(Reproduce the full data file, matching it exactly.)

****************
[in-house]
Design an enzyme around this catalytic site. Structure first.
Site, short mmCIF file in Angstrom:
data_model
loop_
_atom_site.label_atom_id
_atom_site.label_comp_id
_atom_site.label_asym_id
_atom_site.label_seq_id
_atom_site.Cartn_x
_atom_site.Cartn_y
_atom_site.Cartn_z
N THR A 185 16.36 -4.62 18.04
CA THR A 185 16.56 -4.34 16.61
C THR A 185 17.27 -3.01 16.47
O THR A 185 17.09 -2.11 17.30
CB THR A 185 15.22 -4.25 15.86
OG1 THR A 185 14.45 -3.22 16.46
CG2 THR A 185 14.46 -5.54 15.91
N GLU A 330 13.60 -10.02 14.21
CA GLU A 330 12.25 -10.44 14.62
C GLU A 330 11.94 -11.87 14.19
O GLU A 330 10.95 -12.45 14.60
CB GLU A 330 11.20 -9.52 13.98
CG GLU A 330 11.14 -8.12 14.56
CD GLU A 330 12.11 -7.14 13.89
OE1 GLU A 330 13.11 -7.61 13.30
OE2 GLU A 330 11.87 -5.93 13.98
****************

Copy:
[in-house]
Design an enzyme around this catalytic site. Structure first.
Site, short mmCIF file in Angstrom:
data_model
loop_
_atom_site.label_atom_id
_atom_site.label_comp_id
_atom_site.label_asym_id
_atom_site.label_seq_id
_atom_site.Cartn_x
_atom_site.Cartn_y
_atom_site.Cartn_z
N THR A 185 16.36 -4.62 18.04
CA THR A 185 16.56 -4.34 16.61
C THR A 185 17.27 -3.01 16.47
O THR A 185 17.09 -2.11 17.30
CB THR A 185 15.22 -4.25 15.86
OG1 THR A 185 14.45 -3.22 16.46
CG2 THR A 185 14.46 -5.54 15.91
N GLU A 330 13.60 -10.02 14.21
CA GLU A 330 12.25 -10.44 14.62
C GLU A 330 11.94 -11.87 14.19
O GLU A 330 10.95 -12.45 14.60
CB GLU A 330 11.20 -9.52 13.98
CG GLU A 330 11.14 -8.12 14.56
CD GLU A 330 12.11 -7.14 13.89
OE1 GLU A 330 13.11 -7.61 13.30
OE2 GLU A 330 11.87 -5.93 13.98